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FX Monthly: Economic Outlook and Summary

May was all about the Fed’s interest rate outlook—"Will they or won’t they" after the May 1 FOMC meeting. Fed Chair Powell maintained that rate decisions would be data-dependent but added that he thought the next move would be a rate cut. Fed officials played a large role in setting market sentiment, especially Cleveland Fed President Neel Kashkari who warned that Fed rate hikes were still on the table. Other policymakers such as Cleveland Fed President Loretta Mester and Governor Christopher Waller repeatedly provided reasons for why the Fed needed to leave rates in restrictive territory and why the Fed was in no hurry to ease monetary policy.

Elsewhere, in the UK, Prime Minister Rishi Sunak called a snap election for July 4, which managed to shove Bank of England monetary policy and economic data to the back burner as traders focused on FX risks from a Labour Government.

All of these events occurred against an elevated geopolitical risk environment. Israel and Hamas ceasefire talks were mostly political noise, while China stepped up its bully tactics against Taiwan. NATO leaders are talking about the need for a bigger role to support Ukraine against Russia’s invasion and the US is stepping up targeted sanctions on Chinese tech firms.

The USD and Federal Reserve

The US dollar index DXY opened at 1.0620 on May 1 and never saw that level again. The DXY traded erratically and with a negative bias, closing the month at 104.60. The catalyst for the choppy price action was US economic data and Fed speak. Things got really exciting in the middle of May when April CPI, both headline and core, ticked lower. The release of the FOMC minutes on May 22 revealed policymakers remained very concerned about inflation, but investors did not seem as bothered. The S&P 500 finished May with a 4.80% gain fueled by falling Treasury yields. The 10-year Treasury yield fell from 4.68% at the open on May 1 to a mid-month low of 4.31% but erased the entire move.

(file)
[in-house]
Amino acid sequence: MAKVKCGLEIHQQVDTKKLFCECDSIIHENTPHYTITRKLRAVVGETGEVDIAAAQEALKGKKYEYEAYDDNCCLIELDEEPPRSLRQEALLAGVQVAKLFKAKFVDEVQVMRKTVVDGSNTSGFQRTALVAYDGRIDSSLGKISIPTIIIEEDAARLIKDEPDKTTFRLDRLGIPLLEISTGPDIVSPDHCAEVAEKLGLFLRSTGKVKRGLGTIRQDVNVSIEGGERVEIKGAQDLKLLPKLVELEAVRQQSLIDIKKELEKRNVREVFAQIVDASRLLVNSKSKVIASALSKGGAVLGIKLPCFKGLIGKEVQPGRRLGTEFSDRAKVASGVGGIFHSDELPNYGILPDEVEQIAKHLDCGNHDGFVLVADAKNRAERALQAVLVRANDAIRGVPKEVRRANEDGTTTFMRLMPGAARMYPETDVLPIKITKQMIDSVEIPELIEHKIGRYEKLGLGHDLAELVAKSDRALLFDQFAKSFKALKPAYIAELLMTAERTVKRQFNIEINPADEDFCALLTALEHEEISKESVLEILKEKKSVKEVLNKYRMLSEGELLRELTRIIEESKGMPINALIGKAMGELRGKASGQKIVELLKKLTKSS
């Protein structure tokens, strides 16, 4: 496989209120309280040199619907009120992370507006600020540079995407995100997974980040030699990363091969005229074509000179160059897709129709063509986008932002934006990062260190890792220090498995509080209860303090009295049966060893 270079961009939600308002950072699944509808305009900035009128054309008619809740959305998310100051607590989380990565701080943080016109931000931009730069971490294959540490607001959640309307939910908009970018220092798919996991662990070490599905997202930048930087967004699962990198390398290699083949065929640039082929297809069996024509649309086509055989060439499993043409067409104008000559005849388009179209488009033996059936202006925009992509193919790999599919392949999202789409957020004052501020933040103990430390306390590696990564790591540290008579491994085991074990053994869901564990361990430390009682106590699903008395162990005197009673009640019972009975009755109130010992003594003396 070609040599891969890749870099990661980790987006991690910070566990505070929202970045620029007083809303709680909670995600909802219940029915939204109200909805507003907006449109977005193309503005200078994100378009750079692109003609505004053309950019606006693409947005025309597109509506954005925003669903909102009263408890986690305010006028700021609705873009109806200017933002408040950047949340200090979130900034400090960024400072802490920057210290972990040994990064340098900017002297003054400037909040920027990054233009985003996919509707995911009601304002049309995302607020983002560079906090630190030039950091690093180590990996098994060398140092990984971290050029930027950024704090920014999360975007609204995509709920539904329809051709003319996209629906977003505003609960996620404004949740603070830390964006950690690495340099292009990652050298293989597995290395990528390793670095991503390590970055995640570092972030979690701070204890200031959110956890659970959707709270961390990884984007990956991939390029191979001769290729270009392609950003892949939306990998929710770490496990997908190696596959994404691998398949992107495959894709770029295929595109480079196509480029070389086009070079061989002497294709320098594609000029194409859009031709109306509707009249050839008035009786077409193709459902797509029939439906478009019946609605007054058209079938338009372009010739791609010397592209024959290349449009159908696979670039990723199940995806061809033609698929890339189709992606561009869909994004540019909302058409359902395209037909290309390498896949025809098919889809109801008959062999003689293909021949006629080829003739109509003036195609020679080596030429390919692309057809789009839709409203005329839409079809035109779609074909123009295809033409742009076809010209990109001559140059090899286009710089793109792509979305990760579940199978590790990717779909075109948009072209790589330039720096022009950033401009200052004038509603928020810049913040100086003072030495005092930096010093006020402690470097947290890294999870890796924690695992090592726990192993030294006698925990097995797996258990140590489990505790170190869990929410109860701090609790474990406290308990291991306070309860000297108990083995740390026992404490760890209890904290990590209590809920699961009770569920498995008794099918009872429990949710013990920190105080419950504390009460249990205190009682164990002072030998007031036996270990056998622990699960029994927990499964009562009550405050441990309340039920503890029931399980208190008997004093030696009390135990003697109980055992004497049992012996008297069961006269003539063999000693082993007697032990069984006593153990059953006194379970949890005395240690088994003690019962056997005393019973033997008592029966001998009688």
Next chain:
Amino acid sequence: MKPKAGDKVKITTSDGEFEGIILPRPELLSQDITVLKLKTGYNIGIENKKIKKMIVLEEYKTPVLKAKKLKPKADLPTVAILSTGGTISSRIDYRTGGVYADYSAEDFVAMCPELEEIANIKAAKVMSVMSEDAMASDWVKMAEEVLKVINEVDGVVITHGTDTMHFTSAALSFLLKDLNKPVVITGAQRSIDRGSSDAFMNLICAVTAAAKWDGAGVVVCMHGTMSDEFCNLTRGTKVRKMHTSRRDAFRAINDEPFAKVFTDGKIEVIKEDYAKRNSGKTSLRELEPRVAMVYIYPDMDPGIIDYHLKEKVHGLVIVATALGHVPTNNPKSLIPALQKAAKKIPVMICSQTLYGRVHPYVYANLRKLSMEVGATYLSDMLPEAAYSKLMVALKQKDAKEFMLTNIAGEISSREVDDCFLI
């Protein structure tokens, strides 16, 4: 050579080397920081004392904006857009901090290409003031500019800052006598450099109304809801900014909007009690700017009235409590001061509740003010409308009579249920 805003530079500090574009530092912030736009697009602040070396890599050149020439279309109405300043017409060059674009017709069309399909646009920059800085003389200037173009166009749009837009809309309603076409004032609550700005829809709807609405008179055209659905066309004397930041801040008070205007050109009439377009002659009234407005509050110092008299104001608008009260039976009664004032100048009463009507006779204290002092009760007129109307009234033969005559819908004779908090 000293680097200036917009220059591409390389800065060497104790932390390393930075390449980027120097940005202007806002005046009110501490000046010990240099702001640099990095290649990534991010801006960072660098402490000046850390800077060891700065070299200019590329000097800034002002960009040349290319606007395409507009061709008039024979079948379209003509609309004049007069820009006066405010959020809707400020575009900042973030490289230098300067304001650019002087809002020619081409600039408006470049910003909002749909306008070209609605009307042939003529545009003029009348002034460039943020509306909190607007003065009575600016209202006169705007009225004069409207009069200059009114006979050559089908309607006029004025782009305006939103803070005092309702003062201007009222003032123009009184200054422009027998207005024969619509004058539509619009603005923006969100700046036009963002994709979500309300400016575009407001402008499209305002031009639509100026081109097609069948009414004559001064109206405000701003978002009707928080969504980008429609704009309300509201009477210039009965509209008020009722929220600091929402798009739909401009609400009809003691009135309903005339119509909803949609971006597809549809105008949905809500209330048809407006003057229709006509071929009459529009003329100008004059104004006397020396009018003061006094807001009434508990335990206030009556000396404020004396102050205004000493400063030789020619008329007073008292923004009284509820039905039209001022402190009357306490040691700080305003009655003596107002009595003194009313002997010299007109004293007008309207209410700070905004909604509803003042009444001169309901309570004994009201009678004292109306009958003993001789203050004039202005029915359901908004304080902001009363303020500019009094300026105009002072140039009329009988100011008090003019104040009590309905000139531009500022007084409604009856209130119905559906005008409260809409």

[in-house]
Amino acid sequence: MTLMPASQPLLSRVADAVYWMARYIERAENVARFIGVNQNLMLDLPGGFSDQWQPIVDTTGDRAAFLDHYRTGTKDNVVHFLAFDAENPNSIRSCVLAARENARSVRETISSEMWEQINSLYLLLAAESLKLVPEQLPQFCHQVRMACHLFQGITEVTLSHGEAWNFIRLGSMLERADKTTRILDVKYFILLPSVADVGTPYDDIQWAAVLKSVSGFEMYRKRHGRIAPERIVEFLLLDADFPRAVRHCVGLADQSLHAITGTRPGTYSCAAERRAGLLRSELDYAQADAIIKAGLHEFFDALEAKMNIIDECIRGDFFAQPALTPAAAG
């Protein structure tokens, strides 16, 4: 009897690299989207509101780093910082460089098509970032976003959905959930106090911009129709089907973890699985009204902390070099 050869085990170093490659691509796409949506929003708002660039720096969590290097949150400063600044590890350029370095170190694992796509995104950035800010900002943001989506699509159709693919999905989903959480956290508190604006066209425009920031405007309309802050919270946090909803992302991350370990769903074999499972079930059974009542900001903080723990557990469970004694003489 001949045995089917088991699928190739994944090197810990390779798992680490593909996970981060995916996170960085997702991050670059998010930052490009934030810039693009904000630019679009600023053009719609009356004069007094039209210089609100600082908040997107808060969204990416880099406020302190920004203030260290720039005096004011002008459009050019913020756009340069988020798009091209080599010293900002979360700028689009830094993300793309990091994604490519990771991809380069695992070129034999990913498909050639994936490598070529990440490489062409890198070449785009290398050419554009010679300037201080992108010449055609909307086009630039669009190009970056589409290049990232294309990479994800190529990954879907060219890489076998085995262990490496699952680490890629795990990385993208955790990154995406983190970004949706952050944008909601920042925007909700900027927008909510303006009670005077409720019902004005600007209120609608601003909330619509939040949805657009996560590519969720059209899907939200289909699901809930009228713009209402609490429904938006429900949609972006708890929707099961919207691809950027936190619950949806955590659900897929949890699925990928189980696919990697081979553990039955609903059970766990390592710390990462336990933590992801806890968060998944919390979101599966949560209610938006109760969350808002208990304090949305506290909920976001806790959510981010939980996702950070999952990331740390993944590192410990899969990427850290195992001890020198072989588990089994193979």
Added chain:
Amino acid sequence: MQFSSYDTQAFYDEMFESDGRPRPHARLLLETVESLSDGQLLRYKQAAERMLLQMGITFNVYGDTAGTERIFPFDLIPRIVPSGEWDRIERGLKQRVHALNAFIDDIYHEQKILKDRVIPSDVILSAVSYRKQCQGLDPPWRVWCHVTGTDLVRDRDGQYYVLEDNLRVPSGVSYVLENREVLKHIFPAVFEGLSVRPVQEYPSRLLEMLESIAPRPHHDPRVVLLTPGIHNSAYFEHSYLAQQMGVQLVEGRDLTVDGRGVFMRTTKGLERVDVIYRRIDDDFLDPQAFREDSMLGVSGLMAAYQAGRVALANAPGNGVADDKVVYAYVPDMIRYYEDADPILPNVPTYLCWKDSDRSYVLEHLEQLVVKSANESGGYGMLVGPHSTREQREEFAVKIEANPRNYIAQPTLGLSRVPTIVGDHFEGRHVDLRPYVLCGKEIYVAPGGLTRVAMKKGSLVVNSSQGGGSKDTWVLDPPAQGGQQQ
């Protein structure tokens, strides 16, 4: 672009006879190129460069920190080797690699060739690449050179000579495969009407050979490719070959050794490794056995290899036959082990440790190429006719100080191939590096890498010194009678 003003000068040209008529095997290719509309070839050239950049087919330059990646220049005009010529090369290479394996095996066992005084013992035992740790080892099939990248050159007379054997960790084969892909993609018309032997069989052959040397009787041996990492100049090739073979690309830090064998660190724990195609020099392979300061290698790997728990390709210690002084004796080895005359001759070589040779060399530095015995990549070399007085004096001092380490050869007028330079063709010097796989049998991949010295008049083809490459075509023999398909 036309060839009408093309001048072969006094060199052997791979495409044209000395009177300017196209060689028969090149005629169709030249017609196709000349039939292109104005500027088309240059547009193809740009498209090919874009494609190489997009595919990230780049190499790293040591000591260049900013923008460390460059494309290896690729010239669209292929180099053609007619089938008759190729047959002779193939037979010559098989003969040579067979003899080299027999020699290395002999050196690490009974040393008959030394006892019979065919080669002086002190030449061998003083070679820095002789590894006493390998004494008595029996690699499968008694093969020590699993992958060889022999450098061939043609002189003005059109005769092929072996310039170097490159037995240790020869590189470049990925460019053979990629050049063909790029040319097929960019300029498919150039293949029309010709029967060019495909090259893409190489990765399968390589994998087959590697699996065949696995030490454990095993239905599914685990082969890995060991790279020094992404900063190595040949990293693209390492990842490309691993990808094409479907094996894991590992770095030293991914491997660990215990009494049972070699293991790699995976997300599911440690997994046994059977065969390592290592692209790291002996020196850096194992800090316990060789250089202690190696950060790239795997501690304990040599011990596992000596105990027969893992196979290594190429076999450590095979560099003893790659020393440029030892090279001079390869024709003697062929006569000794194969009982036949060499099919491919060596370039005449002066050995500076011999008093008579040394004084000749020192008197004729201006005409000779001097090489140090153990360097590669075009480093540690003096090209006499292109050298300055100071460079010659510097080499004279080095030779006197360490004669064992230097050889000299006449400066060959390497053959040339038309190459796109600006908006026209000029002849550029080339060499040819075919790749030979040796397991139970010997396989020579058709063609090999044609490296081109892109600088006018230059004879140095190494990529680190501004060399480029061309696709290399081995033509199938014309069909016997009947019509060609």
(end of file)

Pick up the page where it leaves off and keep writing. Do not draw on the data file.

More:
The Canadian Dollar and Bank of Canada

The Canadian dollar traded choppily in a fairly narrow range but with an underlying bearish bias because Bank of Canada Governor Tiff Macklem broadly hinted that a rate cut was likely at the June 5 meeting. That outlook was confirmed on May 21 when Statistics Canada confirmed that inflation cooled modestly in April. For the rest of the month, Canadian dollar direction was at the mercy of US economic data and Fed policymaker comments. Mr. Macklem followed through with his hint and cut rates by 25 bps to 4.75% on June 5.

Oil Price

Oil prices were range-bound in a 76.60-80.65 range for the entire month with concerns about slowing growth and lower demand offset by existing OPEC and friends production cuts. Fears of supply disruptions from the Middle East faded after Israel’s measured response to Iran’s attack failed to escalate tensions. OPEC stuck to its view of rising demand in the second half, but the International Energy Agency’s forecast was for lower demand. At the beginning of June, OPEC announced plans to phase out some production cuts starting in October, and WTI tumbled to $73.25/b

Bank 2024-USD/CAD Q2 2024-USD/CAD Q3

Scotiabank* 1.3800 1.3800

BMO 1.3700 1.3500

CIBC 1.3900 1.3800

TD Bank* 1.3900 1.4100

National Bank 1.3800 1.4000

*Forecast is based on last month. Forecast Table is for mid-market rates, and subject to change anytime.